State insurance commissioners would open a Pandora's box of future trouble if they should attempt to regulate variable annuities having none of the traditional insurance earmarks. The present laws for regulating insurance have the benefit of familiar guideposts. Traditionally, benefits have been payable in a fixed number of dollars and the insurance company has indemnified or guaranteed something, assuming some risk in an effort to make something "sure." This has been the essence of insurance.

If state regulation of insurance were extended to variable annuities which do not have the traditional insurance elements, we would be bereft of guideposts and insurance commissioners would embark

on strange and uncharted journey. They would have to assume a curious and indefensible position if they should insist that annuities must be written by life insurance companies and can only be written with the traditional insurance elements. If the insurance cornmissioners cannot regulate variable annuities without the insurance elements, they must be willing to turn the regulation of these annuities over to some other agency such as the SEC or state securities commissioners.

In those variable-annuity arrangements where there is no assumption of risk by any person or company whatsoever, where there are no guarantees and no indemnity agreements, where benefits are not payable in a specified number of dollars, and the arrangement is merely a means of distributing mutual fund shares, they are simply and solely investments since the speculative motive is paramount. What the investor seeks is much more akin to what the holder of mutual-fund shares buys than what the holder of a life insurance policy bargains for. The actuarial features are no more complicated than for any pension trust, retirement system, individual annuity, deferred-compensation plan, or annuity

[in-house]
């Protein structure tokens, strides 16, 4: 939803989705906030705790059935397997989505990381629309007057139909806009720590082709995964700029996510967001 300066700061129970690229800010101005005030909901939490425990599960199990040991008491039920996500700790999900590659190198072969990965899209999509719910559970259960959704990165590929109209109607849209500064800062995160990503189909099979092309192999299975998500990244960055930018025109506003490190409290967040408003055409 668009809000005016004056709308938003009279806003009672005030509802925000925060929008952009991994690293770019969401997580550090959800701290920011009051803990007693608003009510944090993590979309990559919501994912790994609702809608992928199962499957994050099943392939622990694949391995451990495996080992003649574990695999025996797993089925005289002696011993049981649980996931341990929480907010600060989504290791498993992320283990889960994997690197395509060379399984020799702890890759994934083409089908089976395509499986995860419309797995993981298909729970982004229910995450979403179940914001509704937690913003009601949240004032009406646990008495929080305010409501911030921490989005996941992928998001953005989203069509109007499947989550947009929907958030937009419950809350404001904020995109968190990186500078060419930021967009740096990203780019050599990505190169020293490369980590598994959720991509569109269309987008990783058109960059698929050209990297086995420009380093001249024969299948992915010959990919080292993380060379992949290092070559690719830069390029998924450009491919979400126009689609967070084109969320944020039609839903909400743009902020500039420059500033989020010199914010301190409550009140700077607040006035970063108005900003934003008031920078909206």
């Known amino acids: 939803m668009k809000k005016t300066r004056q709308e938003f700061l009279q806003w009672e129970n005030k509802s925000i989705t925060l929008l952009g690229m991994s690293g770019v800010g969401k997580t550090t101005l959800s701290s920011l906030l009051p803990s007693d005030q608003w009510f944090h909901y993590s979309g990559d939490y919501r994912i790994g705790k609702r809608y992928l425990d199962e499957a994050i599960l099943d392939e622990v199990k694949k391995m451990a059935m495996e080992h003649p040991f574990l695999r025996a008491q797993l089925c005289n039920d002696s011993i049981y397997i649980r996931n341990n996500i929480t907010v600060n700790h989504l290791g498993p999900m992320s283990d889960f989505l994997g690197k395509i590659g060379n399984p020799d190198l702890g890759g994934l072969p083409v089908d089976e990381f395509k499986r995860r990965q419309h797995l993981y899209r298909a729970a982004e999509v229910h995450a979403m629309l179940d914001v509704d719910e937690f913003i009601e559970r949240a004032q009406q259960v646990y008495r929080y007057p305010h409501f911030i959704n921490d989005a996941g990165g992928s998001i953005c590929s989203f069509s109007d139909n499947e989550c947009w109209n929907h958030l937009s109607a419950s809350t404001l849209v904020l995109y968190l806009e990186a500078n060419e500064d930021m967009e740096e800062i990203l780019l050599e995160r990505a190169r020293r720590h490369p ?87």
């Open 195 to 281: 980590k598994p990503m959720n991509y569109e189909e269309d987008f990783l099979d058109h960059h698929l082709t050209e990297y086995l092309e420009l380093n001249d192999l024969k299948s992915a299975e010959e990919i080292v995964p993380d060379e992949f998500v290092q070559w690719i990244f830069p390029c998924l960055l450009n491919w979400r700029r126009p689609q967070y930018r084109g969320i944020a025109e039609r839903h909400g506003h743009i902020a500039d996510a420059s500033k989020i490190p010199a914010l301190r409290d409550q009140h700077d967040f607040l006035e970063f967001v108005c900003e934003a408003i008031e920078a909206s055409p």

107 78 N.Y. 114, 128 (1879).

furnished under a will. The mortality table is merely used to relate the amount of the annuity to the value; it is not used to determine or assure solvency. There is no need for an actuarial department.

There is little difference between this arrangement and one where benefits are furnished for the life of a person in terms of wheat, meals, room occupancy or service. Any of these arrangements may involve periodic payments throughout a person's lifetime, but any attempt to classify them all as insurance would lead the insurance commissioners far astray.

Consider this hypothetical case. Six farmers decide to pool their lands and an agreement is reached whereby a yearly payment for life of 1,000 bushels of wheat of a "good quality" plus one-twelfth of the net proceeds of the pooled lands are made to each farmer, and the remaining sixtwelfths of the net is to be reinvested in the development of the farm.

Is this an insurance arrangement? It provides for a "merging of mortality.” It provides for periodic payments measured by the life of a person, but is this arrangement insurance? How would the insurance commissioner determine what is wheat of a "good quality"? How would he attempt to measure the adequacy of the reserve? Would such a test depend upon the fertility of the land or on the current federal laws regarding wheat quotas? I think most insurance commissioners would agree that they have enough to do dealing with their current problems without attempting to stretch their jurisdiction to cover such extreme cases. They may well decide that they will not attempt to regulate variable annuities in the absence of insurance elements at least to the extent of the two District of Columbia companies involved in the recent Supreme Court decision. Illustrations such as the one above may seem far fetched, but once the customary markers are left behind the field seems wide open. Certainly, state legislatures and insurance commissioners ought to weigh carefully the advisability of a step fraught with such practical difficulties where no worthwhile public benefit is discernible.